This morning readers put their questions to an expert panel, and this is what they said…
More than 180 people took part in Building.co.uk’s live BSF debate this morning, expressing a wide range of opinions about the cancelled scheme and asking questions about what will replace it.
In the question and answer session with a panel of BSF experts, readers differed greatly in their opinions of BSF, with one describing it as “a once in a lifetime opportunity” while others called it “elitist” and accused it of producing “costly, lengthy and overdesigned schemes”.
The debate took in topics such as whether new-builds improve educational attainment as well as opportunities for construction under the new ‘free’ schools and academies policies.
An architect taking part in the debate said: “many architects supported BSF bidders on a speculative basis which was commercially unsustainable and only made sense if there were long term gains. Many virtually gave away their skills and experience.”
In a reader poll, 84% said Michael Gove’s decision to scrap BSF had had a harmful effect on their business.
On the panel were:
- Jonathan Hart, a partner at law firm Pinsent Masons projects and construction group
- James Bowyer, head of Building Schools for the Future and other major schools programmes for EC Harris
- Chris Hill, the head of construction and engineering at law firm Norton Rose.
On the question of compensation claims, Jonathan Hart said: “It is worth noting that the options which Councils will looking be at will be based primarily in the arena of judicial review, whereas disappointed bidders […] may be more readily looking at possible grounds for challenge under the procurement rules”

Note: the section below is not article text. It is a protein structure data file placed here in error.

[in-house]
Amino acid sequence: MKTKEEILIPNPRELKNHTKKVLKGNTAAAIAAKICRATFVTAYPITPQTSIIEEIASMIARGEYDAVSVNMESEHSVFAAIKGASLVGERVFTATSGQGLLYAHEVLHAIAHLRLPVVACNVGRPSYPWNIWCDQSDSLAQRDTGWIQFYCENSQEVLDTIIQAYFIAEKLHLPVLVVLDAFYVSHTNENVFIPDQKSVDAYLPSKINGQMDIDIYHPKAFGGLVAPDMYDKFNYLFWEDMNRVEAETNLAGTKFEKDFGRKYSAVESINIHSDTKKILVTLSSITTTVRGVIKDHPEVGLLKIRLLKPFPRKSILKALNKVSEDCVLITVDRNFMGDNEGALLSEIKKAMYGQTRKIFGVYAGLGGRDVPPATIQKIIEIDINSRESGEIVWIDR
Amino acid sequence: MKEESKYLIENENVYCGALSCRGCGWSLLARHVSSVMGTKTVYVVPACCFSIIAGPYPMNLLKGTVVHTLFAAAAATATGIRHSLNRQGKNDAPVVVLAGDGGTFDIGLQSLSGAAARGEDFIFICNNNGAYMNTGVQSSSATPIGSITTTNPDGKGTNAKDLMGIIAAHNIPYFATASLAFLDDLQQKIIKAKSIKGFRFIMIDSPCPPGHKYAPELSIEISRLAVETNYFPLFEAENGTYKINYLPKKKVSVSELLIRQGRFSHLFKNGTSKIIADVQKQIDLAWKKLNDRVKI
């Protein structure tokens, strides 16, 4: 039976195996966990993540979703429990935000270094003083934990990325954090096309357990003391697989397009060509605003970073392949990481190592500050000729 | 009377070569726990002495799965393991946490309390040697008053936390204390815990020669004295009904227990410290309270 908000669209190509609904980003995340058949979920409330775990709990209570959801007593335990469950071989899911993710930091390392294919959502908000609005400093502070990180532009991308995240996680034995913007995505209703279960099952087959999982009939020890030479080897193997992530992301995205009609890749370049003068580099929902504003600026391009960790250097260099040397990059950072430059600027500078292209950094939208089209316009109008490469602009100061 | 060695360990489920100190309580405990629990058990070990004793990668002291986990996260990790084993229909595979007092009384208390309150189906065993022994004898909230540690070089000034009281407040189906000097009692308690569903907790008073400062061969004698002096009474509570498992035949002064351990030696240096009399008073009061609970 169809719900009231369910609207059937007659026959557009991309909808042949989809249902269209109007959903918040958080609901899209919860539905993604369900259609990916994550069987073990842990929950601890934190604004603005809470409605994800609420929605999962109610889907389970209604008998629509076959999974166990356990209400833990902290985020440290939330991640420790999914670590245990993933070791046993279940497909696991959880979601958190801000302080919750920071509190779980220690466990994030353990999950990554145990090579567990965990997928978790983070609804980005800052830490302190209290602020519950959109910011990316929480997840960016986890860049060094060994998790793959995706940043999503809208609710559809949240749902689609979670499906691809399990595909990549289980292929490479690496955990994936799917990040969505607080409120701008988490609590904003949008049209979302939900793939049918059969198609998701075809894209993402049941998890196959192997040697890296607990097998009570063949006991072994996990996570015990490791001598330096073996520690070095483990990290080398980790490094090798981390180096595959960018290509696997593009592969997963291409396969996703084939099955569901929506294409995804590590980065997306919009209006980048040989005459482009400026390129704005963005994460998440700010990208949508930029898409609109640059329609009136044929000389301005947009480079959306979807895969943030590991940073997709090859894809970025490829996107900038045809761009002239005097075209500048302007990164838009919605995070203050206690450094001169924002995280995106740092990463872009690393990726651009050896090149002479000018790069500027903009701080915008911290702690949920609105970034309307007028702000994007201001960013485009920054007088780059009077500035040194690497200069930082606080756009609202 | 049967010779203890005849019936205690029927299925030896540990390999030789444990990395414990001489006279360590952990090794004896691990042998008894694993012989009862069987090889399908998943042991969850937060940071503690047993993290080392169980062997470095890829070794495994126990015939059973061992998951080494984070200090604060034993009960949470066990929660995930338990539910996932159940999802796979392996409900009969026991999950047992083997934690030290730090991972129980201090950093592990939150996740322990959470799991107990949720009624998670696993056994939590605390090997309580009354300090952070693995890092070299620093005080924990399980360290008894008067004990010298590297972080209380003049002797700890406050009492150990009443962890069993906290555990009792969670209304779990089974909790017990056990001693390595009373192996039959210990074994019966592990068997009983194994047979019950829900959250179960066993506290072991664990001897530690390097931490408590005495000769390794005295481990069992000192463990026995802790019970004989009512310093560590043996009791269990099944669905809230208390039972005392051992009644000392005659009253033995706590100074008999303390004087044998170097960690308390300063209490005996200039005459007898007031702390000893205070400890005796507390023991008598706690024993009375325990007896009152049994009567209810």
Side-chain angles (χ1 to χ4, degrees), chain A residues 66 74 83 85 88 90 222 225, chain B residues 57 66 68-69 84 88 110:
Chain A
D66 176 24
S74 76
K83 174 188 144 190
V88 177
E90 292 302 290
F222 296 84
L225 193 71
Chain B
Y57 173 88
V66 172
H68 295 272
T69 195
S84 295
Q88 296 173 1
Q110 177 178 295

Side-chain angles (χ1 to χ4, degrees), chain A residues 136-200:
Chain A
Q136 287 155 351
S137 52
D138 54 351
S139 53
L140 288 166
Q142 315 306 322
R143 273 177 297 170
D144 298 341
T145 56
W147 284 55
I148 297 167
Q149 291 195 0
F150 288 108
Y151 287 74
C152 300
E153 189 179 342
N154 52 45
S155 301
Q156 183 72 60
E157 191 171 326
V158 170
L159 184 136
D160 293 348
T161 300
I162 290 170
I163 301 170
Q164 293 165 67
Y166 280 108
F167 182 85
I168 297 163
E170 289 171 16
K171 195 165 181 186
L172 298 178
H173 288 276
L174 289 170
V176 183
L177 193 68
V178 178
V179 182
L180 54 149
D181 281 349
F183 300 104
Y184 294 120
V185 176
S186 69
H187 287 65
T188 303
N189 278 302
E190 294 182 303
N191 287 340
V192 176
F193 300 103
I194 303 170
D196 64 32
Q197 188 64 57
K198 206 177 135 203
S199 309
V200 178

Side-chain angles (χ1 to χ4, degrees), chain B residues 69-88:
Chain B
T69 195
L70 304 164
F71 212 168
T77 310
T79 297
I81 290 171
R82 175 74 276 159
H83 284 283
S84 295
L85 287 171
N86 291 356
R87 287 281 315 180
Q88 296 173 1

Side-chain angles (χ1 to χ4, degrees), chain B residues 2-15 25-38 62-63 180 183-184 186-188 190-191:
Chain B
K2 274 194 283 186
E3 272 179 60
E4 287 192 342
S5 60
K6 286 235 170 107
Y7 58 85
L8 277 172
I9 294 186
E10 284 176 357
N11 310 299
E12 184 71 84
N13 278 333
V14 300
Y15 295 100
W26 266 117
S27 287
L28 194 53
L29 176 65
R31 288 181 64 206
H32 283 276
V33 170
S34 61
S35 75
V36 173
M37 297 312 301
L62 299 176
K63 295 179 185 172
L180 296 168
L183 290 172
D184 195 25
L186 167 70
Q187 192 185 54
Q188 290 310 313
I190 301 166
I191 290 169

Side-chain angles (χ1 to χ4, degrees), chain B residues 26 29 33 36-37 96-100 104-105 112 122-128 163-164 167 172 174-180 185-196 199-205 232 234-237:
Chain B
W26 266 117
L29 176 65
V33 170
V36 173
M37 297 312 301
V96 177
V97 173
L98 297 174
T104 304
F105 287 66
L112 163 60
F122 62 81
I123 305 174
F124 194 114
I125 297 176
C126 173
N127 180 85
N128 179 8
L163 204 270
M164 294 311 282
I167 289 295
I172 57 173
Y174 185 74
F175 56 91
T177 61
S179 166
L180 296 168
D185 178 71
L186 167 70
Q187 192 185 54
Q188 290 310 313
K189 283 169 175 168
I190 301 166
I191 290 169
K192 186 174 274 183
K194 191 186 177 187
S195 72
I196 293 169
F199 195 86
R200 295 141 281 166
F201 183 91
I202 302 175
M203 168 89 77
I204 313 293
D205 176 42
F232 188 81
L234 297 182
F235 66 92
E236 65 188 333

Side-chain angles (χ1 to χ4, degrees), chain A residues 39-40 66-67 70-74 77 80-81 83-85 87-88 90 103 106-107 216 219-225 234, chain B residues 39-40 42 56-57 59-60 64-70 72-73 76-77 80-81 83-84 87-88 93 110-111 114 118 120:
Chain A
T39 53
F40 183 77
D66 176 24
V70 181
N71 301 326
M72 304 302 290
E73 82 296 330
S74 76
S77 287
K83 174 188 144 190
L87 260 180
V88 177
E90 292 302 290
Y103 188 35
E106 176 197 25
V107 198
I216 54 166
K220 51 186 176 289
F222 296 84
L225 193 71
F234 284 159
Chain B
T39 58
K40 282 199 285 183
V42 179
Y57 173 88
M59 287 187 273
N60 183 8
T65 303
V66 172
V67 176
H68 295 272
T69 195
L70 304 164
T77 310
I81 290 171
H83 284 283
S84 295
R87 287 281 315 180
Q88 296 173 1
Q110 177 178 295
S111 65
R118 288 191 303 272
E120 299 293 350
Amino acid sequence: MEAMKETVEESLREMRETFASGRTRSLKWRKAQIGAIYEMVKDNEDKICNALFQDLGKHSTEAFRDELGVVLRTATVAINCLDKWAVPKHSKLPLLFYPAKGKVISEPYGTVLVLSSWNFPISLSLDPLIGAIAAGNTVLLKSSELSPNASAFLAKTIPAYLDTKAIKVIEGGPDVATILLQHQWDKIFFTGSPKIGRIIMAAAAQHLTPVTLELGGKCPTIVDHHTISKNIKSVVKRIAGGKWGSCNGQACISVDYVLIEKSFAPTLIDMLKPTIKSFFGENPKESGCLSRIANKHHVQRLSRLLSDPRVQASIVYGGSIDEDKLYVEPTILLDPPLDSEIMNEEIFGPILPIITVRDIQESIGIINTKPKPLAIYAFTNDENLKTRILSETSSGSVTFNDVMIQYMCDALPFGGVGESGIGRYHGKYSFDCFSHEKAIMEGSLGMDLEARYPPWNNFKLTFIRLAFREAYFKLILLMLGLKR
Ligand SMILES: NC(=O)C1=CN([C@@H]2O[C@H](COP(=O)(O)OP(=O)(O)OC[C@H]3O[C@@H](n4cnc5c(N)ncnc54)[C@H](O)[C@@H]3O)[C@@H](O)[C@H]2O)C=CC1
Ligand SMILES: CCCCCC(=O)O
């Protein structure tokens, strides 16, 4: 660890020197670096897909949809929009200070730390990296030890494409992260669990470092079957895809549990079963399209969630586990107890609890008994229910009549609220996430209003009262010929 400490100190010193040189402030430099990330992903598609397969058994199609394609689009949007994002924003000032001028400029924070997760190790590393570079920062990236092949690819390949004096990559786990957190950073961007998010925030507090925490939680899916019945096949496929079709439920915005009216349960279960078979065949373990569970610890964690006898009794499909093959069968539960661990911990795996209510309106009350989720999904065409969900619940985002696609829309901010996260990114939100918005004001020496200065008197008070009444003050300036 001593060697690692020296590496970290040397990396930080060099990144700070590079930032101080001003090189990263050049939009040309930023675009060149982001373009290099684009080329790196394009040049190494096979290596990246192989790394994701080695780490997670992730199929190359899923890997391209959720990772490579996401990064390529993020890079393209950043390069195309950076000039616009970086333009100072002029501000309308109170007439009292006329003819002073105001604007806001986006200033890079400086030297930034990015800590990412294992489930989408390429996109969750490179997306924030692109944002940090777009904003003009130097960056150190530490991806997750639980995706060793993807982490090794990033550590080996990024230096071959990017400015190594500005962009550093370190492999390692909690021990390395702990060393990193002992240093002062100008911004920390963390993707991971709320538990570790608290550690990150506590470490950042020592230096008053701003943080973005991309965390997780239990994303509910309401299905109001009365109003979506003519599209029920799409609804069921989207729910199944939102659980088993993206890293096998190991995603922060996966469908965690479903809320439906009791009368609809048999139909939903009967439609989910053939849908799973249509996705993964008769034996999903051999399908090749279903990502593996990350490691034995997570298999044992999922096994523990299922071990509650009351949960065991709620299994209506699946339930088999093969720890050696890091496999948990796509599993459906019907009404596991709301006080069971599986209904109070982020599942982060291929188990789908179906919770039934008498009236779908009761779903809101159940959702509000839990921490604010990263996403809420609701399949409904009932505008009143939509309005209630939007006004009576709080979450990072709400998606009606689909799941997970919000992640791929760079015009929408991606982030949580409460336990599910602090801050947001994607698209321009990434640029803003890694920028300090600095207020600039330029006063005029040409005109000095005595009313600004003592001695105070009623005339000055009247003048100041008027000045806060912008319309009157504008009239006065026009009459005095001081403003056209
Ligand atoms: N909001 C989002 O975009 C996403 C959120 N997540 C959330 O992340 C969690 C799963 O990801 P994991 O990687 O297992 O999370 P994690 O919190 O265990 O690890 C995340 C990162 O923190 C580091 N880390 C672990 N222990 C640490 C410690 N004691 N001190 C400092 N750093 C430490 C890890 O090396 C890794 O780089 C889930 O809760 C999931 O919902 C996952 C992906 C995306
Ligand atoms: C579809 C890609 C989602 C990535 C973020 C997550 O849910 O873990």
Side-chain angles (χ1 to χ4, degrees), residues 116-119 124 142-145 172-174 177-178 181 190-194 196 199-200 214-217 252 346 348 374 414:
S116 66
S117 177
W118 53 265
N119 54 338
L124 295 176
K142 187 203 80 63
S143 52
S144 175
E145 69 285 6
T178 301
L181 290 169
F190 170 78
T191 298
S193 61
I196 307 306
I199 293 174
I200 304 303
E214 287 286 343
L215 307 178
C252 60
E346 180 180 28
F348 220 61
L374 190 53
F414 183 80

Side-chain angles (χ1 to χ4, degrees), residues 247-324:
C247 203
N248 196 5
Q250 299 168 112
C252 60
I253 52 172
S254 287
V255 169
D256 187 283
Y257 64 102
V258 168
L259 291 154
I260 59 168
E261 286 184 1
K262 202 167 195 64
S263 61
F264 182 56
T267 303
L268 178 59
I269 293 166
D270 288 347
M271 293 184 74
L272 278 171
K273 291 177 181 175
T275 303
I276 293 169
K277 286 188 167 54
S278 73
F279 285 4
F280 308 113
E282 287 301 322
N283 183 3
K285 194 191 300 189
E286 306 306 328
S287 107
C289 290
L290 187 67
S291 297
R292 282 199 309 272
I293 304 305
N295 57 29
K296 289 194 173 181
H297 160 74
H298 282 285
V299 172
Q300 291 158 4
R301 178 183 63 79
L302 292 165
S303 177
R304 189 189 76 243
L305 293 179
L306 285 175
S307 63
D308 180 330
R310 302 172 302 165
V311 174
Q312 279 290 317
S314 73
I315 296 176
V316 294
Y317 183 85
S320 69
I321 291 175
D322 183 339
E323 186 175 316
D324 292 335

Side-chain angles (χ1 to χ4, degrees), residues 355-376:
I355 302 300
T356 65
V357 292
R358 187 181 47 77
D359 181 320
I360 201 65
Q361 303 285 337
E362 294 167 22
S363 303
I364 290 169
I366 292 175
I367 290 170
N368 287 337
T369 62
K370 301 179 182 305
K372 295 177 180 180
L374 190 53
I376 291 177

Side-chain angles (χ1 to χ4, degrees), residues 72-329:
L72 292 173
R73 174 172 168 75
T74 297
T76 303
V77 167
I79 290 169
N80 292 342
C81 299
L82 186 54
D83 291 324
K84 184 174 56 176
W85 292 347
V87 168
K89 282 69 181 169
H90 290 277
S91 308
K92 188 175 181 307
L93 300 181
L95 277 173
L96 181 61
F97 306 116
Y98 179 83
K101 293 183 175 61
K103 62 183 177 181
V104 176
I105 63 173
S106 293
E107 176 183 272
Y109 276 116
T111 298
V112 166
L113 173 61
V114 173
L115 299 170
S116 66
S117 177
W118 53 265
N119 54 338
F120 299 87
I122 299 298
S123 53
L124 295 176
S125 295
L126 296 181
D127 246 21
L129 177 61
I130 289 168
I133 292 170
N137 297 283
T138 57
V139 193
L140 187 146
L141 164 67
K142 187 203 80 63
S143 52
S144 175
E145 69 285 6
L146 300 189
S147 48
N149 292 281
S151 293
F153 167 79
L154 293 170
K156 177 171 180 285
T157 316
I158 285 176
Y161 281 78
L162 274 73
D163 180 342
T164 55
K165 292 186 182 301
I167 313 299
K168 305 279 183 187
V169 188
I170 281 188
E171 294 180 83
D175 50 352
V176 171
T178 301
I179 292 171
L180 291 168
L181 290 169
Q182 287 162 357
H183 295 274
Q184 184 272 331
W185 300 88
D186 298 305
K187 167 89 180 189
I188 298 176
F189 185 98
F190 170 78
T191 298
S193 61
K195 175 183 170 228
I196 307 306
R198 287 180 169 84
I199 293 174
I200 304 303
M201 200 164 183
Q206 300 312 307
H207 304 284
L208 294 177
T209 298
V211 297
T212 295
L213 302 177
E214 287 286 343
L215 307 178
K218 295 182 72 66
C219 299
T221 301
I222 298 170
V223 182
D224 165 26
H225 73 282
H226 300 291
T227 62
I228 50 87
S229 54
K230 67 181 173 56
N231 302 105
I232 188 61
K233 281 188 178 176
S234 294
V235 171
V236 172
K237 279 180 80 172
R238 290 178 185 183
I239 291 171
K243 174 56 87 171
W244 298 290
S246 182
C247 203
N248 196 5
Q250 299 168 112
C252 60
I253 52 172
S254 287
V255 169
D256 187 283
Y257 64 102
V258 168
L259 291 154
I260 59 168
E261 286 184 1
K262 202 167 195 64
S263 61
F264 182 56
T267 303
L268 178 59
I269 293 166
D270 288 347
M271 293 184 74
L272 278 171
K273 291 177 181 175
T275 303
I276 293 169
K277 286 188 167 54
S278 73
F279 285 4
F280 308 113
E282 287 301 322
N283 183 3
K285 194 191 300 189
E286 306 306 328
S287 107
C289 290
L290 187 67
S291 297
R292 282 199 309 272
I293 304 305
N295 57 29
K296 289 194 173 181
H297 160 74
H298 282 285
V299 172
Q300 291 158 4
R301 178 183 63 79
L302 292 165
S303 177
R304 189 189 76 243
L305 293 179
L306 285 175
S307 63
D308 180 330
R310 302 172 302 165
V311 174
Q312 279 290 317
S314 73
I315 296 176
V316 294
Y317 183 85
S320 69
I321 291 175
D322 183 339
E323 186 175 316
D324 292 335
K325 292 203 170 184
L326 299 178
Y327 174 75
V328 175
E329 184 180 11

James Bowyer tackled the issue of future capital spending on education projects by saying: “We do know that education in particular, remains in the top three national priorities for public services for the new Government. In order for the reforms to continue, there will still be a need to invest in infrastructure as well as services.”
When the debate turned to perceived weaknesses in BSF, Chris Hill commented: “Virtually from inception in 2004 professionals throughout the industry complained about the programme - everything from the bid costs to the endless bureaucracy associated with the various bidding stages.
“The element of the scheme inciting greatest anger - particularly among sponsors - was the process of creating a Local Education Partnership (LEP) and the subsequent Strategic Partnering Agreement (SPA) between the LEP and the local authority.”
To read the transcript go to http://www.building.co.uk/comment/the-bsf-debate/5003021.article
And if you wish to continue the debate with other construction professionals go to http://network.building.co.uk/group/buildingeducation